Photon-Mediated Interactions Between Distant Artificial Atoms

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Science  20 Dec 2013:
Vol. 342, Issue 6165, pp. 1494-1496
DOI: 10.1126/science.1244324

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Artificial Complexity

Quantum optics probes the interactions between light and matter. Building up from a simple, single-atom system, the exchange of virtual photons between systems of several (or many) atoms is expected to give rise to many exotic effects. Because controlling the separation of the atoms on the atomic scale is experimentally challenging, artificial atom systems may provide a more tractable route for systematic study, as described by van Loo et al. (p. 1494, published online 14 November). Using a system of two separate superconducting qubits in a microwave transmission line, they show how the interaction between the two qubits can be controlled and mediated by electromagnetic modes. The results illustrate a feasible route to probing the complexity of many-body effects that may otherwise be difficult to realize.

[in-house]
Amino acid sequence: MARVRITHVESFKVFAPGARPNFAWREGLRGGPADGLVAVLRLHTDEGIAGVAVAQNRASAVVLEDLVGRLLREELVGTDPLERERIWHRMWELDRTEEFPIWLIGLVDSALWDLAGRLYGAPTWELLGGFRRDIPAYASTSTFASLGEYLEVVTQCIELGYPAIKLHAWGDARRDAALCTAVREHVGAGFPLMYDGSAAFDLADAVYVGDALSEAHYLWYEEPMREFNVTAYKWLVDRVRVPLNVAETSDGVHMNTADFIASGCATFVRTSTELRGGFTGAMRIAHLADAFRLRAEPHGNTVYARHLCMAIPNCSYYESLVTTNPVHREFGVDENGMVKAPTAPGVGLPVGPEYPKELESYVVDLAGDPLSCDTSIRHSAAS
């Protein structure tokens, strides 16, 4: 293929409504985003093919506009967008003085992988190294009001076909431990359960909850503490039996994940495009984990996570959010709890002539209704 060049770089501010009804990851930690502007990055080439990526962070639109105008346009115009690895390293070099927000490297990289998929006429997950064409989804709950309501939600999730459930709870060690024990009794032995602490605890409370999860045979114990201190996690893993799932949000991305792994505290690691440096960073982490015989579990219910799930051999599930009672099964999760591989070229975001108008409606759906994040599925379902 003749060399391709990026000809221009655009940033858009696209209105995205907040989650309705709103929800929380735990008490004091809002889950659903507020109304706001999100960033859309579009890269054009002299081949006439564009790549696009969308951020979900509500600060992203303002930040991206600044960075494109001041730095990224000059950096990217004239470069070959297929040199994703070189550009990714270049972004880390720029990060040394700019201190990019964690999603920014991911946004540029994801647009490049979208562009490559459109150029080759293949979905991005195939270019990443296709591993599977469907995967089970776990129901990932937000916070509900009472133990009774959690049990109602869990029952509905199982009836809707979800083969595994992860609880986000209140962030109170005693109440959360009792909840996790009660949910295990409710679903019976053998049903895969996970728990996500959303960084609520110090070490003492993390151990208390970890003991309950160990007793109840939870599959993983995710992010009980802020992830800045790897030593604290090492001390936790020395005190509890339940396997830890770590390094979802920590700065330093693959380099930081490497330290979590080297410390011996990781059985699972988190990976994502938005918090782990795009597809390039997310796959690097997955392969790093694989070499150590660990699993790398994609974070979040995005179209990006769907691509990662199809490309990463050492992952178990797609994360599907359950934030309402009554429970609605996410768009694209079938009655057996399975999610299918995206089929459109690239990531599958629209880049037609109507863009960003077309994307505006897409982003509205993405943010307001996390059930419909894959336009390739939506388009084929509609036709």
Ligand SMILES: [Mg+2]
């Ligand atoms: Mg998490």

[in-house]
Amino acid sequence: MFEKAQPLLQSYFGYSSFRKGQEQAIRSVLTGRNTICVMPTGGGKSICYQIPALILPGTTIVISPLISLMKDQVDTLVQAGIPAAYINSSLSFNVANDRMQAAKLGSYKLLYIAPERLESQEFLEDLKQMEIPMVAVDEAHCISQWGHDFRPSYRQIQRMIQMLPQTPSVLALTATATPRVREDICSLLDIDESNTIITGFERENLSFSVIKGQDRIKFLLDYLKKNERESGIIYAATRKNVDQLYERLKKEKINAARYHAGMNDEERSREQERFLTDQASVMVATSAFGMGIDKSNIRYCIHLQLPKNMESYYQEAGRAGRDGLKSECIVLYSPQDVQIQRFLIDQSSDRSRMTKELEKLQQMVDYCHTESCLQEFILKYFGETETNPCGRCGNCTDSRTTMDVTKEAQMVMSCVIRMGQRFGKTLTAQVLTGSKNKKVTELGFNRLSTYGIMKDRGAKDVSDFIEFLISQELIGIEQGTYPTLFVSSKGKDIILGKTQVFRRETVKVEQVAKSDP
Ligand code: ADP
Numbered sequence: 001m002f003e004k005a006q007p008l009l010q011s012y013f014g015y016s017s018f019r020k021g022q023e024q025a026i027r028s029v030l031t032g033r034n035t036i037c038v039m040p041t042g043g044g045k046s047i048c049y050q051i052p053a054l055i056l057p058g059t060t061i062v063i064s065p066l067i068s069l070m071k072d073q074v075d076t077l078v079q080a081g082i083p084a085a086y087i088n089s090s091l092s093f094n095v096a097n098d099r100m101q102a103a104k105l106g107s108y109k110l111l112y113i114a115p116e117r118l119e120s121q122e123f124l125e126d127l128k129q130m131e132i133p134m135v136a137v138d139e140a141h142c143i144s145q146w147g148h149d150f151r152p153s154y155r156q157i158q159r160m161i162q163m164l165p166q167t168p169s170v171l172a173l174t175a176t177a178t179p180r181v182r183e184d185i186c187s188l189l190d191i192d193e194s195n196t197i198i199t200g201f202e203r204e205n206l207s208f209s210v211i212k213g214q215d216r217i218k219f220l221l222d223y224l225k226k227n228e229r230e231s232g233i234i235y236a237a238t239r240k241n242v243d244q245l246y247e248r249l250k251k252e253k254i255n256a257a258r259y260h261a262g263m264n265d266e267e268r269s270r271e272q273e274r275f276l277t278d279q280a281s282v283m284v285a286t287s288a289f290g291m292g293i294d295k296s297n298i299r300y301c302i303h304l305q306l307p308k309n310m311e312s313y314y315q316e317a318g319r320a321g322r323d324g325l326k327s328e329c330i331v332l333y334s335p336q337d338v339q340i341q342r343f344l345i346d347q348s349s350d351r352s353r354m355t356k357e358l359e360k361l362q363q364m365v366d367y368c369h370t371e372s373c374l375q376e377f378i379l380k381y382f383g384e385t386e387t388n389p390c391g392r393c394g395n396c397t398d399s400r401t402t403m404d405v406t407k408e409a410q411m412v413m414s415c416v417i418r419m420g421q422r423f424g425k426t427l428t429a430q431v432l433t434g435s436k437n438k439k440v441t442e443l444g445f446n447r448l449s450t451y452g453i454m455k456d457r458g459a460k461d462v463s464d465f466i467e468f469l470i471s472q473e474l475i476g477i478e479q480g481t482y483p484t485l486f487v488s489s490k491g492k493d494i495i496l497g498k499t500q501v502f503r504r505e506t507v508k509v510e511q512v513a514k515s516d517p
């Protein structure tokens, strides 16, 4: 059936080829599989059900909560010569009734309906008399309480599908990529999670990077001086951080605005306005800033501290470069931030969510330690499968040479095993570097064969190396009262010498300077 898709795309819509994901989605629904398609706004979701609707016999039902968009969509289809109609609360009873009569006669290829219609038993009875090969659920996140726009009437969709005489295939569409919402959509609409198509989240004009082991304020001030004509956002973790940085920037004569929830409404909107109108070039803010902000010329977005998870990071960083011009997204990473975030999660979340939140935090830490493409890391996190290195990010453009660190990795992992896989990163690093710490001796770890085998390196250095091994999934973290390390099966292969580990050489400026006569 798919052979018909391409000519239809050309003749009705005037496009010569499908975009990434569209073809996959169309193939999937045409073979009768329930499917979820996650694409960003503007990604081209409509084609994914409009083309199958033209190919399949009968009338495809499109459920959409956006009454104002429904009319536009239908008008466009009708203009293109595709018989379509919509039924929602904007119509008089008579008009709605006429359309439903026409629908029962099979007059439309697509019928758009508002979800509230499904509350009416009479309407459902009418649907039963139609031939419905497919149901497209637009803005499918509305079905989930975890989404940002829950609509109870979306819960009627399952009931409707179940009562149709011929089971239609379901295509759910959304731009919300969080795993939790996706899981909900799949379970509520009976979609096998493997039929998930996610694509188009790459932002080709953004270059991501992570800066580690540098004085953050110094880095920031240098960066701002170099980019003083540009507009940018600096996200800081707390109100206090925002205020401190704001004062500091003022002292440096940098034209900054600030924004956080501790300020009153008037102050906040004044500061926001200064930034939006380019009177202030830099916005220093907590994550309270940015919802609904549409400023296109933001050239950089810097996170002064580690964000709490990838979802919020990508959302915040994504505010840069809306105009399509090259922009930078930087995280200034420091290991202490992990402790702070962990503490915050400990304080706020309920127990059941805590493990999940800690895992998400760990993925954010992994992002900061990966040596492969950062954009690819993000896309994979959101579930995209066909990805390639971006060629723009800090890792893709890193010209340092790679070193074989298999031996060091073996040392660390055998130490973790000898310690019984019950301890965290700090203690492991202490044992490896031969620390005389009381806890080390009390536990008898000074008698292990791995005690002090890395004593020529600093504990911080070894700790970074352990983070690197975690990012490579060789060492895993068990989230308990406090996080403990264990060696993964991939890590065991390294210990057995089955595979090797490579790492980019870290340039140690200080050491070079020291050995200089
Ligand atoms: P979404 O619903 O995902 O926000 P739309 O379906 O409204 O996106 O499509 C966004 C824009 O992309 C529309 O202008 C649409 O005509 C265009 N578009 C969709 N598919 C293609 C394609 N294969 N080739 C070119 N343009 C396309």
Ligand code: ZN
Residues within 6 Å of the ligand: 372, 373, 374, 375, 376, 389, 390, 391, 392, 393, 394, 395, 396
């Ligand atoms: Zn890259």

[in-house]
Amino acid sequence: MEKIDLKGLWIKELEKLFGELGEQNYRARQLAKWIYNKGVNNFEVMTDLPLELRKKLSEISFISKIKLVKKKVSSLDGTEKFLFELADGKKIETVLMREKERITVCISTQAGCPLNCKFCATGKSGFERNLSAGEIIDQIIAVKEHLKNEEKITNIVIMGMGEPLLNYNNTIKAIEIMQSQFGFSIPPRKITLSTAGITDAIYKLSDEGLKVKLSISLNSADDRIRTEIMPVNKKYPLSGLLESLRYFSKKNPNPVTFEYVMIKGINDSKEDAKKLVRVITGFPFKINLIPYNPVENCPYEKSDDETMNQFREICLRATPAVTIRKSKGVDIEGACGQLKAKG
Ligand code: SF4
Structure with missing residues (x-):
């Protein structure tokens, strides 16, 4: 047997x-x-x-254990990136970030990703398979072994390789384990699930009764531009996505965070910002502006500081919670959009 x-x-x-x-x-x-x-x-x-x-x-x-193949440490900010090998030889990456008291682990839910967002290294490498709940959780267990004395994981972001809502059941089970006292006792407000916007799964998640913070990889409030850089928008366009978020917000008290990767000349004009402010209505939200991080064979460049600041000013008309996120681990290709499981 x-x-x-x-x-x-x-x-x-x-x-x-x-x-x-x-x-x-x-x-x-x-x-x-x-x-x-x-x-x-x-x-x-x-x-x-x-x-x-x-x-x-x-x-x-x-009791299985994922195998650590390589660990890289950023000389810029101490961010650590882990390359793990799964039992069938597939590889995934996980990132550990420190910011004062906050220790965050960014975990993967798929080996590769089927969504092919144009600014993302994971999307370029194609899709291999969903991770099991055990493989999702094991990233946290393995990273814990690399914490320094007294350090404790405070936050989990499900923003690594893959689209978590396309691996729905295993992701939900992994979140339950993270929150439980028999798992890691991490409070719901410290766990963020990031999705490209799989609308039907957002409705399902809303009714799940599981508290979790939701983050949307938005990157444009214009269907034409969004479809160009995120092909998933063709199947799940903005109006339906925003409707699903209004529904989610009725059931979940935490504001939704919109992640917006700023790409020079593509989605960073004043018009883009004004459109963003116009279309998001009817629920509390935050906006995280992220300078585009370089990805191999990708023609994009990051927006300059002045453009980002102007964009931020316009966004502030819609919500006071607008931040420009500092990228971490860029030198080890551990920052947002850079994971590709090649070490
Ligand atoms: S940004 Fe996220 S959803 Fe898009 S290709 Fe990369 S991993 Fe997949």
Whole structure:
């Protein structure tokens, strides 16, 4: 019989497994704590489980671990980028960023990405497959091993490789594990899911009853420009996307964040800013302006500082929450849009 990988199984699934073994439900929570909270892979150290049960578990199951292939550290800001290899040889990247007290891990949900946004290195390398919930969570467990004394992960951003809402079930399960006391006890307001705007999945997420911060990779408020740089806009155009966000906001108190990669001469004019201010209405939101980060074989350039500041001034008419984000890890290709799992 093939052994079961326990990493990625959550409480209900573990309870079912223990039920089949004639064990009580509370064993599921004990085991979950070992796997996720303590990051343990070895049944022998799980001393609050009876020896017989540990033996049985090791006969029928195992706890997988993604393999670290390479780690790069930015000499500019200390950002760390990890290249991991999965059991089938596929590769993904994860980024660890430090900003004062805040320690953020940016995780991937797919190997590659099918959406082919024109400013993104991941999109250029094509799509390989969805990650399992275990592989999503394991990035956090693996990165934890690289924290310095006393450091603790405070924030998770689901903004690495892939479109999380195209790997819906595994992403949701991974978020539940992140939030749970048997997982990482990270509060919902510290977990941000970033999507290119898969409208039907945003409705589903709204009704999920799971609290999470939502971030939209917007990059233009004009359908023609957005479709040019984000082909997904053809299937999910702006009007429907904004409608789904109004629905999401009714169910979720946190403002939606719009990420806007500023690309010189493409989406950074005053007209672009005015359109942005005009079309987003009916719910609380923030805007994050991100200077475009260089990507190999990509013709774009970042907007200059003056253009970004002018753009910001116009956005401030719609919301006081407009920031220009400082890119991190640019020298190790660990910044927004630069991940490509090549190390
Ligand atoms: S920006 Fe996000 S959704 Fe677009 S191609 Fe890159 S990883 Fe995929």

Photon-mediated interactions between atoms are of fundamental importance in quantum optics, quantum simulations, and quantum information processing. The exchange of real and virtual photons between atoms gives rise to nontrivial interactions, the strength of which decreases rapidly with distance in three dimensions. Here, we use two superconducting qubits in an open one-dimensional transmission line to study much stronger photon-mediated interactions. Making use of the possibility to tune these qubits by more than a quarter of their transition frequency, we observe both coherent exchange interactions at an effective separation of 3λ/4 and the creation of super- and subradiant states at a separation of one photon wavelength λ. In this system, collective atom-photon interactions and applications in quantum communication may be explored.

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